Most people start a food blog because they love sharing their recipes. However, if you intend using your blog as a form of income and want to be taken seriously it can sometimes be a little disheartening when you feel as though you keep being passed over for opportunities. We have some really helpful advice which you should consider if you are looking for sponsored posts, review opportunities and invitations to events, and also hopefully answer some questions about why you might not always be the ideal candidate for the job.
This is so important, it’s the first thing someone landing on your blog will notice and we can’t say it enough; beautiful, large photographs and a well lit clean theme (nothing too busy/garish). The theme should also be easy to navigate. Images which have been taken by the blogger rather than brand images, are preferable.
A strong following on social media is crucial but just as important is your engagement, make sure you interact with your followers, have conversations and don’t just dump links and run.
Some food brands can’t be seen marketing to children, so will avoid anyone with ‘mum’ in the title, others want to appeal to over 40s, some to under 25s, some to couples. So, whilst you might think you’re the perfect fit for a brand, do not take it personally if they don’t.
Also key, even though it’s hard to swallow, is the way a blogger looks/presents themselves. At Foodies100 we are increasingly being asked for ABC1 millennial, which translates into young, affluent, attractive people who will look good on a brand’s channel or website.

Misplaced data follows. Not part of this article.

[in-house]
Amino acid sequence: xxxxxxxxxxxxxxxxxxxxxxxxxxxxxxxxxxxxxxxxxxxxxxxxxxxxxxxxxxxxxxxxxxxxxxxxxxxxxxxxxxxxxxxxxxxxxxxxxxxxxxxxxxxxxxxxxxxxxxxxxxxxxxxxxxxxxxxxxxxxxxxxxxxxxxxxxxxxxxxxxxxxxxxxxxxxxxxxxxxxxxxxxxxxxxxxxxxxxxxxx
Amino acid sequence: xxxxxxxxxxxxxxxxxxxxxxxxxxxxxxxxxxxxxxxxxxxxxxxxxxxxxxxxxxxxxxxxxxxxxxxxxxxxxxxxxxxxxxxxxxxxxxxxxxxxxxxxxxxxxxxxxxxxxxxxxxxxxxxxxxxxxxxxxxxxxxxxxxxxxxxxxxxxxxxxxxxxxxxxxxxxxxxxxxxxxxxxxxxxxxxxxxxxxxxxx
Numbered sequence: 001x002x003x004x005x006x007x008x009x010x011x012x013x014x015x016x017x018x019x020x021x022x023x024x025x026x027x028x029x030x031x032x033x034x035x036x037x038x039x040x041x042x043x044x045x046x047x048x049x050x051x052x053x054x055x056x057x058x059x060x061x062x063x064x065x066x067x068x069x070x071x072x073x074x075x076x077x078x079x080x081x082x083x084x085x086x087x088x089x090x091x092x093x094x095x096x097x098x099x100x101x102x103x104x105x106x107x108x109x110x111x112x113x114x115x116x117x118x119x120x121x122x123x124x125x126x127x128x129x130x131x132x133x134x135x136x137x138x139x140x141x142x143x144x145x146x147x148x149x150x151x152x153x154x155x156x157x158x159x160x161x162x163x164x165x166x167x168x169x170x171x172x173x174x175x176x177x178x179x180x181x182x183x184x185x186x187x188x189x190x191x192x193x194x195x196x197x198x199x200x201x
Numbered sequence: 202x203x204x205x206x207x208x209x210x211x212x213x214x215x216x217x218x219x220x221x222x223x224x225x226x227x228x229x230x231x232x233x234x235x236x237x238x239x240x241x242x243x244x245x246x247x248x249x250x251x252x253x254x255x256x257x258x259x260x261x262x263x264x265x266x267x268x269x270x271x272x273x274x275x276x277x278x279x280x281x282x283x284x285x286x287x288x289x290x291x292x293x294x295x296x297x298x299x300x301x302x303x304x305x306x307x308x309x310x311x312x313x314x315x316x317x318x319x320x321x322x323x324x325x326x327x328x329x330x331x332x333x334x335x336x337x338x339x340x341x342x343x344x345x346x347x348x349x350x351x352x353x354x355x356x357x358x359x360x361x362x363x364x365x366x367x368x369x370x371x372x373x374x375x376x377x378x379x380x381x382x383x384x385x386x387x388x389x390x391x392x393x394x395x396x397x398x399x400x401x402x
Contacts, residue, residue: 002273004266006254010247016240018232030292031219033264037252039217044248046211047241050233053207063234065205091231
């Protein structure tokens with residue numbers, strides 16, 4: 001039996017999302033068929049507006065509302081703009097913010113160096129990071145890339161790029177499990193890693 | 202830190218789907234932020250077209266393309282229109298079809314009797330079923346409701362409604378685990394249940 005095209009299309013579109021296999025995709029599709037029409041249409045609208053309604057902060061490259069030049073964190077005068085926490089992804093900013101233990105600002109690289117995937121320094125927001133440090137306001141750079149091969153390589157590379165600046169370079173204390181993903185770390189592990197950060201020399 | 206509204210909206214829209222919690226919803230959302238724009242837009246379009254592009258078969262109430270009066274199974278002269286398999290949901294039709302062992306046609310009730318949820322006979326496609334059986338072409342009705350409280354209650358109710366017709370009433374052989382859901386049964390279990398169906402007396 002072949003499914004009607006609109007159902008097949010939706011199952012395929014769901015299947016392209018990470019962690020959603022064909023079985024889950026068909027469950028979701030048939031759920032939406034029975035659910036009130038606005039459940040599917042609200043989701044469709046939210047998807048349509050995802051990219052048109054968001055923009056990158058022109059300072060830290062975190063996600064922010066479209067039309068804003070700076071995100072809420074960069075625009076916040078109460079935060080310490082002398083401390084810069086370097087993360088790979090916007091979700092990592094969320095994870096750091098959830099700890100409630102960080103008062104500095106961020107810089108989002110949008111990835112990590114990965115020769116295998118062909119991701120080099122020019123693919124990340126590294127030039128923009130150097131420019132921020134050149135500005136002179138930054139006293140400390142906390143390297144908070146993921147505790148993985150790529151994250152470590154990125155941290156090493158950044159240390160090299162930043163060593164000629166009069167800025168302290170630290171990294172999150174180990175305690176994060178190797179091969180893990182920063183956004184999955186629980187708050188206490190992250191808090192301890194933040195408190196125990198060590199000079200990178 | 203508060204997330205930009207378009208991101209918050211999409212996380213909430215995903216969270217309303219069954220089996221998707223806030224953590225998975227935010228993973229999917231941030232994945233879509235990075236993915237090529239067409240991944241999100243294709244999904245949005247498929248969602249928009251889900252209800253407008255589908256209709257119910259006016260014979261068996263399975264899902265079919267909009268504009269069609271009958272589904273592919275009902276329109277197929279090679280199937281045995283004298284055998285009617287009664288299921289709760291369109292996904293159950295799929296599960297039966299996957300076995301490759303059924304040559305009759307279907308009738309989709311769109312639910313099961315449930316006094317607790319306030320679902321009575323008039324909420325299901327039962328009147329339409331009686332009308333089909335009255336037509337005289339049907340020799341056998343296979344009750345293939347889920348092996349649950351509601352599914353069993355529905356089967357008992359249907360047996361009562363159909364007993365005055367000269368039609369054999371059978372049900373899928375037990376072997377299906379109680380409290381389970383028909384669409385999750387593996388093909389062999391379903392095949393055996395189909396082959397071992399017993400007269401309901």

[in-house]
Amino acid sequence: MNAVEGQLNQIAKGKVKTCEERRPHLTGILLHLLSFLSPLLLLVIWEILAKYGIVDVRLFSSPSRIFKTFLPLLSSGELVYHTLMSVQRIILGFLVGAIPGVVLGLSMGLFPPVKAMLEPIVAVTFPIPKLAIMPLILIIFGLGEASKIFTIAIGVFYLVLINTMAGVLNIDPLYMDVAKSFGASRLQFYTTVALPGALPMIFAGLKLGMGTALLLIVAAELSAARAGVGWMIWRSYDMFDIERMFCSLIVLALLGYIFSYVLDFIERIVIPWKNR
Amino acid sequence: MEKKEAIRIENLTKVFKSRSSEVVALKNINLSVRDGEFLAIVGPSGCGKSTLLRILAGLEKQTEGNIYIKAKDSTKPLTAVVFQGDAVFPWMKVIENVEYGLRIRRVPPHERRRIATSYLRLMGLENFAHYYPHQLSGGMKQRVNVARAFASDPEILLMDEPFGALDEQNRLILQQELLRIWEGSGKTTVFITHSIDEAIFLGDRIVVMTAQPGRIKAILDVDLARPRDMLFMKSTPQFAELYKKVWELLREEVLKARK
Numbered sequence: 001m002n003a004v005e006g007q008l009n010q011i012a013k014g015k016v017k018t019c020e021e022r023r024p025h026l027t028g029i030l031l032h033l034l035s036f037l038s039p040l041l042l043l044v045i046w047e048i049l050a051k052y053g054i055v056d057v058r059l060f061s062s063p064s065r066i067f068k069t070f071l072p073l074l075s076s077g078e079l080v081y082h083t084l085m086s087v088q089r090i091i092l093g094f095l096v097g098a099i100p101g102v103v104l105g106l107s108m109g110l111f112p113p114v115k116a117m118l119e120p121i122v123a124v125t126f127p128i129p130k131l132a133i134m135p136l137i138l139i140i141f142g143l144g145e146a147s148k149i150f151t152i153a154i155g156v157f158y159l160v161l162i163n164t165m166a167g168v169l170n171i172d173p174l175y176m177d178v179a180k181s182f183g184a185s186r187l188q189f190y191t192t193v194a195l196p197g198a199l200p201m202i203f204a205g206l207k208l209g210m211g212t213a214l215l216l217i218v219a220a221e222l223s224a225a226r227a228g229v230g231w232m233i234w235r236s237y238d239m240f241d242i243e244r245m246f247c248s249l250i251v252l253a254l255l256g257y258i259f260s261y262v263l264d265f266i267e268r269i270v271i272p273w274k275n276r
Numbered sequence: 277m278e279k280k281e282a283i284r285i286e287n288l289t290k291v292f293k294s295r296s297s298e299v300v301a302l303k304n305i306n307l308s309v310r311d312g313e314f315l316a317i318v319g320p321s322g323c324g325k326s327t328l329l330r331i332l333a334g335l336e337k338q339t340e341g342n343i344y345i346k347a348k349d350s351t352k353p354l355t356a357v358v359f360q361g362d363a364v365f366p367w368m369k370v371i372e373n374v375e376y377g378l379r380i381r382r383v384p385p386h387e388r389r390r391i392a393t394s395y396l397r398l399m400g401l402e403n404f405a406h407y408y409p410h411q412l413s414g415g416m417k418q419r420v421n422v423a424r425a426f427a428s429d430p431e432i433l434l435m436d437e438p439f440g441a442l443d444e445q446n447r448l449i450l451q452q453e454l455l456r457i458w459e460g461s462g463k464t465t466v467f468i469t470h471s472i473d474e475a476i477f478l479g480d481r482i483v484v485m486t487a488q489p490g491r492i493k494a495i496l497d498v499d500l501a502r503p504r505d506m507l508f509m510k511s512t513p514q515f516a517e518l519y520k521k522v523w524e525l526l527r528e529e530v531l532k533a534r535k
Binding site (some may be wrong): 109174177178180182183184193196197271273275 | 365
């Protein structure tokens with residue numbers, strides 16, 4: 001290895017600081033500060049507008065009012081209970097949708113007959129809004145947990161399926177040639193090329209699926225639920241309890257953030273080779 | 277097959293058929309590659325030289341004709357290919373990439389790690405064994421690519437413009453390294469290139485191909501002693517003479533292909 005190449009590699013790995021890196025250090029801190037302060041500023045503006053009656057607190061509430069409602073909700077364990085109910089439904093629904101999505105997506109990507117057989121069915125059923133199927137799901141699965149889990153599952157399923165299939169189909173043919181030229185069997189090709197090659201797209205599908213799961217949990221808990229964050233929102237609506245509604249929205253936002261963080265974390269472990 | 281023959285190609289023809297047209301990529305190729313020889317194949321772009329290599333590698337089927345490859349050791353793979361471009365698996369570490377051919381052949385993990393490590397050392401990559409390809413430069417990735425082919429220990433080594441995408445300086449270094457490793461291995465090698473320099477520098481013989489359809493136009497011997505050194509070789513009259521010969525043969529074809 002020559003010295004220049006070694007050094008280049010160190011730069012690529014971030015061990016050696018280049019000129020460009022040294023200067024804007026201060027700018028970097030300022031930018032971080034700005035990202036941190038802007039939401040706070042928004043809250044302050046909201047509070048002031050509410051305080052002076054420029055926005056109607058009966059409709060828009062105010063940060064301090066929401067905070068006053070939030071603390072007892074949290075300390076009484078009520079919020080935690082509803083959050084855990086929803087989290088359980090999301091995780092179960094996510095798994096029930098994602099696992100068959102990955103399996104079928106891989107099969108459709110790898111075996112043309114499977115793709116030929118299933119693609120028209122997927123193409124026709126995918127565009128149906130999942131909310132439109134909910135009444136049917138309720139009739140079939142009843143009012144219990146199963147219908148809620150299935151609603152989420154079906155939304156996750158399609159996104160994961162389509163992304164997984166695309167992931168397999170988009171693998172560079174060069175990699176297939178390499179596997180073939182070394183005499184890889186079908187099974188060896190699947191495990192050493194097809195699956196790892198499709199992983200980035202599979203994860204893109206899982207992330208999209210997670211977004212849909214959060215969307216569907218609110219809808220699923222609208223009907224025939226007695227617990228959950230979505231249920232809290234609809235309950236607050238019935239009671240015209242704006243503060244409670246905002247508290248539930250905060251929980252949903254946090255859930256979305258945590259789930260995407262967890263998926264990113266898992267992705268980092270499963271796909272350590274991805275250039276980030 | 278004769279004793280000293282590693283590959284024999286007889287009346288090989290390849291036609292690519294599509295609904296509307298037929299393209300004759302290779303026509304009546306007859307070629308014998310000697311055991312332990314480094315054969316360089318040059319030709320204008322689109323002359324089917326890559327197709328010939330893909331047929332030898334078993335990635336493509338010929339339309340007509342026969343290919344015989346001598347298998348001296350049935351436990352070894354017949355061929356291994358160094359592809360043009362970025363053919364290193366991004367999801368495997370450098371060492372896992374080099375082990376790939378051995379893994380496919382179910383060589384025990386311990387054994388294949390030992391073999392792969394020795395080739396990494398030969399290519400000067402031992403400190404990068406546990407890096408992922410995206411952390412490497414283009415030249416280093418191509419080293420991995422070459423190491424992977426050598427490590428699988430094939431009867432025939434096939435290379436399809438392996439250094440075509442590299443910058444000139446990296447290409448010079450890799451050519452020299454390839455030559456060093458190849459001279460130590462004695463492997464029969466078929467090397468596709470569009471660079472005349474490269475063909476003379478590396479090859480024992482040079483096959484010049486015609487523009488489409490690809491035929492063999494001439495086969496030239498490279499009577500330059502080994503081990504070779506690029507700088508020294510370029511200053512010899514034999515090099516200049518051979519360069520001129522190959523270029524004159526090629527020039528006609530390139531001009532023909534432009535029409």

It should go without saying but past reviews must be of high quality for a company to consider using a blogger. They should be honest, detailed and not read as though taken straight out of a catalogue.
Of course any company is going to choose the blog that fits with the higher traffic stats. Look at ways to increase your stats, we have lots of informative posts on our blogging and tech section on how you can do this. Ask fellow food bloggers how they gain traffic.
SEO ranking is also becoming increasingly important. Check your ranking, see where your weaknesses are and try and improve in those areas. It’s the boring side of blogging but if you want to get the work it is something you need to dedicate some time to.
Reasons you haven’t got ‘the job’
Even if you feel as though you’ve ticked all the boxes, don’t be discouraged if you haven’t been chosen for a particular campaign. It could be something as simple as you’ve previously covered a direct competitor of the brand or product.
Do your research
It’s a competitive world out there, is there a food blogger you admire and aspire to? See what they are doing to get noticed, is their blog bright, attractive and clear? How do they engage with their readers? How informative and detailed are their reviews? Do they have a niche?
Join networks, talk to other bloggers.
A good blog takes dedication, determination and a lot of hard work. Whilst there are some things completely out of your control, for example, demographics and you’re either a Millenial ABC1 or you’re not, but if you take some of the steps suggested above there is no reason why you shouldn’t have the offers flooding in.